Politics & Government

Ky. mine inspector resigns amid state, federal inquiries involving state lawmaker

A Kentucky coal mine inspector is resigning amid state and federal inquiries about his relationship with state Rep. W. Keith Hall, D-Phelps.

Kelly Shortridge, an inspector in Pikeville with the Kentucky Division of Mine Reclamation and Enforcement, told his managers in a Jan. 31 letter that he's quitting effective Friday after 24 years on the job.

Meanwhile, the U.S. Department of the Interior's Office of the Inspector General and the Kentucky Executive Branch Ethics Commission have opened separate inquiries into the relationship between Shortridge and Hall, according to state records the Lexington Herald-Leader obtained Thursday using the Kentucky Open Records Act.

The Herald-Leader reported last June that Hall — who holds the permits on Pike County surface mines with histories of safety violations — complained to two officials in the Kentucky Energy and Environment Cabinet that Shortridge was soliciting money from him, and that he already had paid Shortridge "a small fortune" in the past. Hall declined to elaborate when the officials pressed him for details.

The cabinet's inspector general investigated Hall's allegation and gave a report to Secretary Len Peters, but the report was not referred to anyone outside the cabinet.

Shortridge and Hall were friends for years while Shortridge inspected Hall's mines, according to state records. Carl Campbell, a former natural resources commissioner, said he reassigned Shortridge away from Hall's mines in August 2011 after the lawmaker called him and lobbied for Shortridge to get a promotion. The men were "too chummy," Campbell said in an interview last June. The reassignment prompted Shortridge to threaten workplace violence and led to a 15-day job suspension, according to state records.

After the Herald-Leader published its story, Interior Department Special Agent Laura Hast issued several requests to the cabinet for records, including all mine permits assigned to Shortridge since 2009, particularly "any permits associated with Keith Hall." Her most recent request arrived last week. Emails between Hast and the Energy and Environment Cabinet suggest that state officials are complying.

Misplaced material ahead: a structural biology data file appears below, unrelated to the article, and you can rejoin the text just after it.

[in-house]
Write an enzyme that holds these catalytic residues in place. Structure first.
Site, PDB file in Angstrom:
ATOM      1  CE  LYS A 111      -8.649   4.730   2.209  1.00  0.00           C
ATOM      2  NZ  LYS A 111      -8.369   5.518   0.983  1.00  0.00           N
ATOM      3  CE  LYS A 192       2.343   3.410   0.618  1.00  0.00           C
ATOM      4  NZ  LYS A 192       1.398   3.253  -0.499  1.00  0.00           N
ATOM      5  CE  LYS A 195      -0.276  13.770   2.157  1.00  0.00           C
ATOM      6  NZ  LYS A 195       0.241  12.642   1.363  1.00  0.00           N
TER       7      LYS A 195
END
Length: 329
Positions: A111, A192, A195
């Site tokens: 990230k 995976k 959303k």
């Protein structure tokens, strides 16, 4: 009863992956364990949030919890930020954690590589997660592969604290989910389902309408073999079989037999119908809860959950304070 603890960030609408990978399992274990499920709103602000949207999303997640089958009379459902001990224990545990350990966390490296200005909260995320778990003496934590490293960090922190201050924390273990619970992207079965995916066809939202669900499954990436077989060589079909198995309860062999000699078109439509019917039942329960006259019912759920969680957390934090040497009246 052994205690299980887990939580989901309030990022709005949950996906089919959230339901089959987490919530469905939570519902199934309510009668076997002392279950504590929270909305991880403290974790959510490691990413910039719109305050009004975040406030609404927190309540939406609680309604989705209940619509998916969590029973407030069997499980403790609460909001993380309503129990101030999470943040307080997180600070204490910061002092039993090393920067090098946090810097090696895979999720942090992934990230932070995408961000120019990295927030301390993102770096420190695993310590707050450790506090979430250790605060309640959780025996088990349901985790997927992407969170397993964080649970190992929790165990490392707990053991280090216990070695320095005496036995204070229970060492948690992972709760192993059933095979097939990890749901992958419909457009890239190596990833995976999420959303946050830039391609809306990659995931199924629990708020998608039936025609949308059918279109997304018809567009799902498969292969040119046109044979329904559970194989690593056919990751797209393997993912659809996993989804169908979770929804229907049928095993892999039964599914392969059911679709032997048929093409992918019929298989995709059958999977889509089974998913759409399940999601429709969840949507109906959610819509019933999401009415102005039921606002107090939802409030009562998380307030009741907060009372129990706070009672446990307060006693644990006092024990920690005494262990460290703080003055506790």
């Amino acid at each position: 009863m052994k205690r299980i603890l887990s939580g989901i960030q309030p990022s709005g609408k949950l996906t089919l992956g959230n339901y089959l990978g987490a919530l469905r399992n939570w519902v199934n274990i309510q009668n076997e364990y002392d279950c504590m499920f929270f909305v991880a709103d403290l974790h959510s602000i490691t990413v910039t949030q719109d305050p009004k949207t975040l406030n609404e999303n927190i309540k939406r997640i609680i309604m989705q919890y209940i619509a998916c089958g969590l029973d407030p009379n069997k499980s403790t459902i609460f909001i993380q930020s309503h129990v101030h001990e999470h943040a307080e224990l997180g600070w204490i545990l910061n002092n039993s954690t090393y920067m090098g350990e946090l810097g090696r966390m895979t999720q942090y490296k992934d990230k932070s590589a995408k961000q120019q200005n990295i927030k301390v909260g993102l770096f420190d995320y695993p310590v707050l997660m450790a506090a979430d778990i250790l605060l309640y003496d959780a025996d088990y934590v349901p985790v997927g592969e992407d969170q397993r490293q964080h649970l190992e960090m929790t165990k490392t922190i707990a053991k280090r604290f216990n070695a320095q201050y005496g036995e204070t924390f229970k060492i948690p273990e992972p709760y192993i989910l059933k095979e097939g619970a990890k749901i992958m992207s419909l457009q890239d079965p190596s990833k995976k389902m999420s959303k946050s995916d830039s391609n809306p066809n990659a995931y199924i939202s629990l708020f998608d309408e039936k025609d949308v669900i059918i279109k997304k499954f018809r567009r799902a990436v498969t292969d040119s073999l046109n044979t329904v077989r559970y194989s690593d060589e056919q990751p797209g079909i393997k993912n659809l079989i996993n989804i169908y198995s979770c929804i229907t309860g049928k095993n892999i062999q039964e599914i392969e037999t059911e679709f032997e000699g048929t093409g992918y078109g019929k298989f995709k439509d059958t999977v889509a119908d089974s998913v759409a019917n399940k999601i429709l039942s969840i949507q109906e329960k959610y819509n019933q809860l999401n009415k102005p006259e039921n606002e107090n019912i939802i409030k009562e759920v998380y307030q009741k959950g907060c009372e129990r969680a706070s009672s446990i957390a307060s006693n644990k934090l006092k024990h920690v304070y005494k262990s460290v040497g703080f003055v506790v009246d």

The Interior Department monitors Kentucky state mine inspections and environmental protection to ensure compliance with federal laws.

Hast, based in Herndon, Va., did not return a call seeking comment Thursday, and cabinet spokesman Dick Brown said he could not comment on Shortridge's resignation or any possible investigations.

Last July, the day after the Herald-Leader published its story, the Executive Branch Ethics Commission called the cabinet and requested a copy of the cabinet's inspector general report about Shortridge and Hall, which the newspaper had referenced, according to state email. Shortridge later informed his supervisors that he had been summoned to Frankfort on Aug. 21 "to be interviewed by the Executive Branch Ethics Commission."

John Steffen, executive director of the ethics commission, said he could neither confirm nor deny whether his agency is investigating Shortridge and Hall.

Shortridge, 53, did not return a call seeking comment Thursday. He made $45,160 a year and had his wages garnisheed by creditors several times, most recently in October by Speedy Cash Check Advance in Pikeville, which claimed that he owed $676, according to his state personnel file.

Hall declined to talk Thursday about Shortridge or the investigations.

"I have no comment," Hall said on the House floor.

Hall, 54, elected to the legislature in 2000, is chairman of the House Committee on Tourism Development and Energy and is vice chairman of the House Committee on Natural Resources and the Environment. In 2011, he was reprimanded by the Legislative Ethics Commission and fined $2,000 for helping to appropriate coal-severance taxes for a Pike County sewer project from which one of his companies won more than $171,000 in no-bid contracts.

In phone calls in 2012, Hall told two cabinet officials that Shortridge warned one of his business partners about potential citations at one of his mines. Hall quoted Shortridge as saying, "You need to tell Keith he needs to pay me that money he owes me. ... If he doesn't, then I'll go ahead and write this noncompliance (citation), and a cessation order may be next," according to the report by the cabinet's inspector general.

"Hall informed (one of the officials) that he had given a 'small fortune' to Shortridge for the Millard Little League basketball team even though Shortridge does not have any children in the league. Hall conveyed that Shortridge 'liked the Benjamins' but would not elaborate," the inspector general wrote.

Shortridge told the cabinet's inspector general that he visited one of Hall's business partners in late 2012 to discuss potential violations at a mine owned by Hall that could result in expensive fines. Shortridge said the visit was meant as a personal courtesy; he no longer had any official involvement with Hall's mines. He denied demanding money.

"If Keith (Hall) owes me any money, what does he owe me money for? If he alleges that I owe him money, is it something that he's asked me to do, maybe illegally or what, that I turned him down on to begin with?" Shortridge told the inspector general, according to the report.

The inspector general said, "Shortridge denied that he solicited Little League donations from Hall but added that two or three years ago, Hall provided unsolicited donations a 'couple of times.' Shortridge did not recall the exact amount of the donations."

Hall refused to speak to the cabinet's inspector general for his report.

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